# How small can a set admitting a nonatomic finite measure be?

Is it consistent that there exists a nonzero atomless finite measure on some $\sigma$-algebra on a cardinal $\kappa$ satisfying $\kappa<\mathfrak{c}$? Can there be such a measure on $\omega_1$ when $\omega_1<\mathfrak{c}$?

I would generally like to know where one can find related results.

My motivation comes from people in mathematical economics using the term "continuum of agents" for models in which agents are modeled by nonatomic probability spaces. I'd like to know if there couldn't be fewer agents than a continuum with this formulation.

• Sure, the continuum can be above strictly above the least real-valued measurable. – Asaf Karagila Jun 18 '18 at 7:27
• @AsafKaragila Thanks, good point! I was only thinking about smaller $\sigma$-algebras. – Michael Greinecker Jun 18 '18 at 7:30
• If you add lots of random reals, then the ground model $\mathbb R$ still has full measure. Then consider the Borel sets intersected with $\mathbb R^V$. Does this work? – Monroe Eskew Jun 18 '18 at 9:32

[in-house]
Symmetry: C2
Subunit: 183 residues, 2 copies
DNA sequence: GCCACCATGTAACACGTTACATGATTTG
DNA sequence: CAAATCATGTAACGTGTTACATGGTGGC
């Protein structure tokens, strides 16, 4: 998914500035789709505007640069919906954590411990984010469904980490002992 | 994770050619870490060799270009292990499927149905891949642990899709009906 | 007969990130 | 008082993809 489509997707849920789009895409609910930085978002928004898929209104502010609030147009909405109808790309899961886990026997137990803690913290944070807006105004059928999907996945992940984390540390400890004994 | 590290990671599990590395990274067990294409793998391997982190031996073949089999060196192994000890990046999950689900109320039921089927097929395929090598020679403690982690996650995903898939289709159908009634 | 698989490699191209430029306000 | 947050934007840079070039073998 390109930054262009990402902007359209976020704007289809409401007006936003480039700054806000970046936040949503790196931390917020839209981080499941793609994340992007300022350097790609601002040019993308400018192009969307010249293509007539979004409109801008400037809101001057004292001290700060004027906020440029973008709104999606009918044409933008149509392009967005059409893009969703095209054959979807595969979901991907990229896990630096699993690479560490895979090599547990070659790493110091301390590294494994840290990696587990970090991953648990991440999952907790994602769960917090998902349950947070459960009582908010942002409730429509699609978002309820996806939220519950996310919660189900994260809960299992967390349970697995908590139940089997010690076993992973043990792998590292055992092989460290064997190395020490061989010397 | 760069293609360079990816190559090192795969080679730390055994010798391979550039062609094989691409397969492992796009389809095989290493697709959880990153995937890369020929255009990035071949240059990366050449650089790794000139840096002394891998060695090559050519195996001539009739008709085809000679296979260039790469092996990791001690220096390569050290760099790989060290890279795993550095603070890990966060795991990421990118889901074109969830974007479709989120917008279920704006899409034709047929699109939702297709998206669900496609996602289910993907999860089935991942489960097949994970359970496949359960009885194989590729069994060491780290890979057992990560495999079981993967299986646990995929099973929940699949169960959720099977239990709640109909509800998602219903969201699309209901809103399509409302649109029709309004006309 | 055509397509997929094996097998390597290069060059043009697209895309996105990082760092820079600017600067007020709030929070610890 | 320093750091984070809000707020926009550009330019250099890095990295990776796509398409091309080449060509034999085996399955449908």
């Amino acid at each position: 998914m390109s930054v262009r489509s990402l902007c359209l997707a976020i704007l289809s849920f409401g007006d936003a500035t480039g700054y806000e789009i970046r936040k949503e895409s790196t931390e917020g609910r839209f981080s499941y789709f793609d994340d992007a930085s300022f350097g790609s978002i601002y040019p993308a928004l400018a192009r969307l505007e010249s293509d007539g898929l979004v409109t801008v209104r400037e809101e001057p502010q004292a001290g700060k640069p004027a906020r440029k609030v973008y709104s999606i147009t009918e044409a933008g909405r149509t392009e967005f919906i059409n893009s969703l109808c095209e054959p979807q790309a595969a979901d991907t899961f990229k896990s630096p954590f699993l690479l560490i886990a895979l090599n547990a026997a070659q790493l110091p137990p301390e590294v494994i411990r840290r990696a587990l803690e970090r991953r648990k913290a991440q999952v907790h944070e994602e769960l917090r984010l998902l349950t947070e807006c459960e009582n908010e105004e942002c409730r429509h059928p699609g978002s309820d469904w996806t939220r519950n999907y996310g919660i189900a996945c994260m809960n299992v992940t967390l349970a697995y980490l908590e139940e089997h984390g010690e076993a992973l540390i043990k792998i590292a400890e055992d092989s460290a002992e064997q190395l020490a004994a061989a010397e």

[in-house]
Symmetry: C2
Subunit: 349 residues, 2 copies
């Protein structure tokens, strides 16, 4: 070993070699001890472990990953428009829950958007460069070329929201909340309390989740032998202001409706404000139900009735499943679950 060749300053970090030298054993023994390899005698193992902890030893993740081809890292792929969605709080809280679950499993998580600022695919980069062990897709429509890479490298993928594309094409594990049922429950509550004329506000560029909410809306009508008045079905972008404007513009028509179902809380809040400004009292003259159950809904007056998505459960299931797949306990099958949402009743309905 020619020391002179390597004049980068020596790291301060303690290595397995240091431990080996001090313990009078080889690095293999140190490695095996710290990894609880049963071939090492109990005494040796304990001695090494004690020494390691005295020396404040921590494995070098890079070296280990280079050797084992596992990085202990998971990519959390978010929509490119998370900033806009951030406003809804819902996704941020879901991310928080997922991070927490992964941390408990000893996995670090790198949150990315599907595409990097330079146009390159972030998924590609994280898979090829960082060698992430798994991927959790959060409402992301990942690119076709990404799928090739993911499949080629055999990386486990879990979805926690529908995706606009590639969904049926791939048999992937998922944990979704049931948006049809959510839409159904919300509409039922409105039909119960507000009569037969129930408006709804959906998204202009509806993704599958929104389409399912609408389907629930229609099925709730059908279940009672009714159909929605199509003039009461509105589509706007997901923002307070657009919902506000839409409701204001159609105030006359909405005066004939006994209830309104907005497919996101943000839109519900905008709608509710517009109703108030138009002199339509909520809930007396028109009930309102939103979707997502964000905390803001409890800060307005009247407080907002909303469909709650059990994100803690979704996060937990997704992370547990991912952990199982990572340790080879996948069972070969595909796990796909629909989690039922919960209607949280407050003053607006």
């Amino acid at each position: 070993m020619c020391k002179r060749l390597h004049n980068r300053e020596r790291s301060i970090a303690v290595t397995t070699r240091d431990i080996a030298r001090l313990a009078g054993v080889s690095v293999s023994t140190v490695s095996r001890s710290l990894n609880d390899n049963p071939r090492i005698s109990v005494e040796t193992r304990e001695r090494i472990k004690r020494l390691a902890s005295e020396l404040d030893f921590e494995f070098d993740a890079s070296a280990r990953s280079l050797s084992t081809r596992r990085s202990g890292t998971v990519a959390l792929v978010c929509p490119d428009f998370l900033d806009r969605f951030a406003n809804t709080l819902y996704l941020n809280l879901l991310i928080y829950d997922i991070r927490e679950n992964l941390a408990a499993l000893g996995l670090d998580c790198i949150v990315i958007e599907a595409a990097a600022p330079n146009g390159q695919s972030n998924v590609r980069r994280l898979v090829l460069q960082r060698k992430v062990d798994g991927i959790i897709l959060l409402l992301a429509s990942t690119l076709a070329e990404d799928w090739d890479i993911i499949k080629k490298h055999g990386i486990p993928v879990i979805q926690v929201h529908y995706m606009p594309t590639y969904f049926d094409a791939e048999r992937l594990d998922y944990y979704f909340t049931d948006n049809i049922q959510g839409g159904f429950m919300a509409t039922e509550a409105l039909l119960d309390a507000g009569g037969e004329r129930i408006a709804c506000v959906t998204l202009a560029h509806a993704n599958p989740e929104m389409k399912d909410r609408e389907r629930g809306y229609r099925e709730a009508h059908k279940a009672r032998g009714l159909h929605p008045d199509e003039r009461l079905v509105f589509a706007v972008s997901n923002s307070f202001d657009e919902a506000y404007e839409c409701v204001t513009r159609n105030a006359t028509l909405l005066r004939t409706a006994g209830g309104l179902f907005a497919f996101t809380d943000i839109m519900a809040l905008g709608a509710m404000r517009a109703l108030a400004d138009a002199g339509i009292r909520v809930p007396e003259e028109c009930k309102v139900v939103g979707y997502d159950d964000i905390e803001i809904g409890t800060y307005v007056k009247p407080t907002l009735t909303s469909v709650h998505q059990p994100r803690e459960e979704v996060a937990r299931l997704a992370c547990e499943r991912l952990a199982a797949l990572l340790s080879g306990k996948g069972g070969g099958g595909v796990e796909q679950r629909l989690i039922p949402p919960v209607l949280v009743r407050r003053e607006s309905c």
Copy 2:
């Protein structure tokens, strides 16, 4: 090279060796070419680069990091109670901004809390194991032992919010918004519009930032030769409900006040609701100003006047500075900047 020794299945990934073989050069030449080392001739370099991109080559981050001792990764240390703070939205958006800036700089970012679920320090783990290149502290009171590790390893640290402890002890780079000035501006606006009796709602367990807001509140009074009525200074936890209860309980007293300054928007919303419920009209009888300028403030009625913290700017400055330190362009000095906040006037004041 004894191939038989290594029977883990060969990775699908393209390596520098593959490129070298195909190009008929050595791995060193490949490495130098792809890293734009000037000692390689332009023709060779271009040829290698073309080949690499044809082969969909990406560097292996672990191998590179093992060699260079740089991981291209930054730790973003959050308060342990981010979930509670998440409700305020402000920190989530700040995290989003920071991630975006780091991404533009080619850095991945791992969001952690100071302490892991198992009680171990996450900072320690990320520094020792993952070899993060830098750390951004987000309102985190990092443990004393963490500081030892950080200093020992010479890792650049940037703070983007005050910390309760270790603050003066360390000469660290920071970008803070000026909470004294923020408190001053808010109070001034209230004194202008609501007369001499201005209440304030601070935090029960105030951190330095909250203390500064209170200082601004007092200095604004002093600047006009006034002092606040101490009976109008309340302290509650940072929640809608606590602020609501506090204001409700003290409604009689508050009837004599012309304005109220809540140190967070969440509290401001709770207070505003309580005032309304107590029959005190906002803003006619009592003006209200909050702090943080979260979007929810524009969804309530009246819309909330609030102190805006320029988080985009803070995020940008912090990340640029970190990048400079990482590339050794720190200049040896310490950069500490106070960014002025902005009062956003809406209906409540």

## 1 Answer

If $X \subseteq [0, 1]$ is a non Lebesgue null set of reals, then $B \cap X \mapsto \mu(B)$ (where $B$ is Borel and $\mu$ is Lebesgue measure) is an atomless measure on $X$. Conversely, if $m$ is an atomless probability measure on $\kappa$, then there is an inverse measure preserving map $f:\kappa \to [0, 1]$ - For every Borel $B$, $\mu(B) = m(f^{-1}[B])$. It follows that the least $\kappa$ for which there is an atomless probability measure on some sigma-algebra on $\kappa$ is the least cardinality of a non (Lebesgue) null set of reals which (as Monroe Eskew pointed out in the comments) is $\omega_1$ in the random real model.